We'll have a look at the front panel controls and the signal flow through each of the modules in turn.

Mono Input


MONO inputs are used to connect to sources with a single output -- microphones, guitars.

Audio signal levels fall into one of two categories.

Microphones, electric guitars and other electronic instruments generate very low level signals; on the order of a few millivolts -- thousandths of a volt. These are called microphone level signals.

Tape recorders, CD players, FX units and most other professional studio equipment, all generate much higher signal levels -- several tenths of a volt or more. These are called line level signals.

There is a difference of 40 or 60 decibels (dB) between microphone level and line level signals.

Either type of signal must be connected to the mixer via the appropriate jack or socket.

    Connecting a line-level output to a mic-level input will result in distortion.
    Connecting a mic-level output to a line-level input will result in an unusably low (quiet) signal.

Microphone level signals connect to the three-pin XLR-type female connectors. Line level signals connect to the 1/4 inch TRS jacks. DO NOT connect signals to both sockets on the same input channel.

MONO Input

LOW CUT (High Pass Filter):

  • cuts sharply (18dB/octave) from  75Hz
  • can be used to cut traffic or air conditioning rumble
  • don't use on bass guitars or tubas.
MONO Input Low Cut
MONO Input Gain

The "GAIN" control allows you to adjust the input strip so that you can operate with the white channel fader in its normal range, around "-U-" on the scale. ("U" s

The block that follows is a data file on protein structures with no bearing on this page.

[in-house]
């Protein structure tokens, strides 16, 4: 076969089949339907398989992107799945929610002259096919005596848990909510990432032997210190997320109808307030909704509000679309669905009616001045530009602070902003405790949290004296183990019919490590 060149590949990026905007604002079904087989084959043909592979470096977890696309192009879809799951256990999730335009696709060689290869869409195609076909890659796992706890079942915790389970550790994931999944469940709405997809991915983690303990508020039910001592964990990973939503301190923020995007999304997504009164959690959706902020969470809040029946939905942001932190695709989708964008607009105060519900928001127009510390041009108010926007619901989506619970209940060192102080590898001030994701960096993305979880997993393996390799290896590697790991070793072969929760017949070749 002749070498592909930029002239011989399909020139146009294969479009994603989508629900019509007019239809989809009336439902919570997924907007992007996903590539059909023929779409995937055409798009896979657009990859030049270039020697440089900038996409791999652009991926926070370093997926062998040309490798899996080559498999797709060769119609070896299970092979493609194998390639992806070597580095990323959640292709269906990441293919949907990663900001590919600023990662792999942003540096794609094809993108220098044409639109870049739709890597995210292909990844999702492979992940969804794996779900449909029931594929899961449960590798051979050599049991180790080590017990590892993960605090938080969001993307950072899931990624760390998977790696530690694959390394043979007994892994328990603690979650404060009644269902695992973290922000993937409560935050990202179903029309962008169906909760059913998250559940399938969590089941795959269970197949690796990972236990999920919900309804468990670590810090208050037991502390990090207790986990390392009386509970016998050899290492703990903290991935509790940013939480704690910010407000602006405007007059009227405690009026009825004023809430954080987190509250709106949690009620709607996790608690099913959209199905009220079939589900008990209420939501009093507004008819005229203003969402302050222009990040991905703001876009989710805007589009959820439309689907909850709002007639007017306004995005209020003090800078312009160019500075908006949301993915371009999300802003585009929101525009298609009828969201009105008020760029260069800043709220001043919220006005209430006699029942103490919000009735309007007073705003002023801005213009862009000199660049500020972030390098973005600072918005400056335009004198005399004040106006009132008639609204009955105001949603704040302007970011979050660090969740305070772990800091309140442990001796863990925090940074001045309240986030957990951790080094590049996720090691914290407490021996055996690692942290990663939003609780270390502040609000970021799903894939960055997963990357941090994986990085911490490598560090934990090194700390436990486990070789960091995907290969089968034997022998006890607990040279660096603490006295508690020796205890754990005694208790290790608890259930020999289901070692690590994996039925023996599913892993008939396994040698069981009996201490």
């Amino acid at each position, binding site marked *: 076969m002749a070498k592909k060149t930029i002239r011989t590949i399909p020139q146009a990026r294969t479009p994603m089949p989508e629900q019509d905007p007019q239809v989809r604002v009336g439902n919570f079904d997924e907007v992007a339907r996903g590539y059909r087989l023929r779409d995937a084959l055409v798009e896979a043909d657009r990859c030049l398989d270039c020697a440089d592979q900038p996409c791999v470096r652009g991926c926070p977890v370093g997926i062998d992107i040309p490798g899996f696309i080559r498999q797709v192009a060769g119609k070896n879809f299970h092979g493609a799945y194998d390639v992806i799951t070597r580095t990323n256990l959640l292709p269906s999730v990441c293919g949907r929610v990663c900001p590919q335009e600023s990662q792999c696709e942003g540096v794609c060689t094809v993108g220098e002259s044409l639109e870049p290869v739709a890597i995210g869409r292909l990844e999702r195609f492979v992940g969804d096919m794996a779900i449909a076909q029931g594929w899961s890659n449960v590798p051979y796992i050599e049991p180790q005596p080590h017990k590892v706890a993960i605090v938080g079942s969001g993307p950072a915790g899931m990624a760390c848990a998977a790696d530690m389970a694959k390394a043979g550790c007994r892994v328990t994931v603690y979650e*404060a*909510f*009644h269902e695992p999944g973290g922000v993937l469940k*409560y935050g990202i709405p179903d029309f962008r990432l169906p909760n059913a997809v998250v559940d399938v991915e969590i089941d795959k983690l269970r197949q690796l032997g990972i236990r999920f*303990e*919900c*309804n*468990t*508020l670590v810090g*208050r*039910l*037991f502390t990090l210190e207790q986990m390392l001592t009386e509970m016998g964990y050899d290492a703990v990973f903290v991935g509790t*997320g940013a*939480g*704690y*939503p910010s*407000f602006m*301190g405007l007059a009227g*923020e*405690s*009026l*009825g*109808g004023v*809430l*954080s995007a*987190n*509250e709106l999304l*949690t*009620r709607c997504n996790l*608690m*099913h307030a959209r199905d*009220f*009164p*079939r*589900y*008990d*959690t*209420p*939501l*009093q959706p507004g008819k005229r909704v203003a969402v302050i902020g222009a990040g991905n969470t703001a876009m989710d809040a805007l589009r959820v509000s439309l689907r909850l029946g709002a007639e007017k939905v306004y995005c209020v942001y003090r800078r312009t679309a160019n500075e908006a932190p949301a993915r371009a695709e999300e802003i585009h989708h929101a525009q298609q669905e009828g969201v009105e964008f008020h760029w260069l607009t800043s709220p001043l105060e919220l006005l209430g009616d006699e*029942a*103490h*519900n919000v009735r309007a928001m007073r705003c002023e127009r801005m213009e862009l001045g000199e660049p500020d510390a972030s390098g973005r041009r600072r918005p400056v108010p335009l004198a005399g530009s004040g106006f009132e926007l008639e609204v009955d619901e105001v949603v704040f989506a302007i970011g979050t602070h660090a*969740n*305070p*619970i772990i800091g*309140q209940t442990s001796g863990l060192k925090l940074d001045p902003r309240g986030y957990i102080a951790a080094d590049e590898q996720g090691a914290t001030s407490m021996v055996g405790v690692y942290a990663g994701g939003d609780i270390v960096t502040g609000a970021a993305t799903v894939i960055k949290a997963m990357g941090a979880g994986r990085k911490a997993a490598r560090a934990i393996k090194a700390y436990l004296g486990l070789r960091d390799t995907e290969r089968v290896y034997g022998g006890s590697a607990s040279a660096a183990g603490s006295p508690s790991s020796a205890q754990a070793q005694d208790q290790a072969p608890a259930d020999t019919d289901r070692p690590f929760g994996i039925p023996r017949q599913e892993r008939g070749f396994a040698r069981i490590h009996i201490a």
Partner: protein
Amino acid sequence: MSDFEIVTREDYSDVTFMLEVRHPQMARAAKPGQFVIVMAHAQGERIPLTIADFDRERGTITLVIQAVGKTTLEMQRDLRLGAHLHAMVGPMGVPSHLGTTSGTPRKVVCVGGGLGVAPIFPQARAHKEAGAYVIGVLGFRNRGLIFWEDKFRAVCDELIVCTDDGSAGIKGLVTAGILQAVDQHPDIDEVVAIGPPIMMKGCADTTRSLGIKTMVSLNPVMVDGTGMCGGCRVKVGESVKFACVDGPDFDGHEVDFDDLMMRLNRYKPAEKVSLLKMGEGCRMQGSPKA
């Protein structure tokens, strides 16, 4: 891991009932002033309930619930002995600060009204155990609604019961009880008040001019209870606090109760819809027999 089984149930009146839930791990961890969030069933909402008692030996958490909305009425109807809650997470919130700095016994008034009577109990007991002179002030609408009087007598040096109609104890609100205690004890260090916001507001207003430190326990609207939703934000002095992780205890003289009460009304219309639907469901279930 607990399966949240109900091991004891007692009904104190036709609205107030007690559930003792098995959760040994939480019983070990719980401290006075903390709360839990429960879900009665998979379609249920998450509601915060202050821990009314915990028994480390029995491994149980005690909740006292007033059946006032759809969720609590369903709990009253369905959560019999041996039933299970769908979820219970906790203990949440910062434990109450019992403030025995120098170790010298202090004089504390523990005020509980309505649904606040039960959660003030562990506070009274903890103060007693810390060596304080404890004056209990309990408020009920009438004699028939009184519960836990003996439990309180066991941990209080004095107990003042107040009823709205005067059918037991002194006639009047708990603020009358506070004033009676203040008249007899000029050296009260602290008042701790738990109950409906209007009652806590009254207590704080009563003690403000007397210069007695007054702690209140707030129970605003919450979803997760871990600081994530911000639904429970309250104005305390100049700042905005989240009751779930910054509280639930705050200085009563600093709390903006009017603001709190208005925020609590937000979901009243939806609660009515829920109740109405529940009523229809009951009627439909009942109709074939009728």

tands for UNITY gain -- no amplification.) This assures that the signal will have the maximum headroom and minimum noise.  (See "SOLO" button below.)

Headroom is the level difference available between normal level and the point of distortion.
Noise is the background hiss you hear when you turn the gain or volume up too much.

The controls labeled "AUX" allow you to send a part of the signal from any input channel strip to any of six additional outputs. These outputs can be used to feed a separate mix to program sound, monitors onstage, headphones in the studio, or to the sound processing and effects devices in the control room.

AUX sends can be taken before or after the channel fader.  We call these feeds PRE fader or POST fader. 

POST fader sends are used to feed reverb devices where you would want the strength of the reverb effect to follow the level as controlled by the channel fader. 

PRE fader sends are for feeding headphones for instance. You wouldn't necessarily want the mix in the headphones to change as you trim the recording or house levels.

On the MACKIE 1402VLZ3:
AUX 1 SEND can be either PRE or POST. (see AUX1 MASTER below.)
AUX 2 SEND is always POST.

High EQQ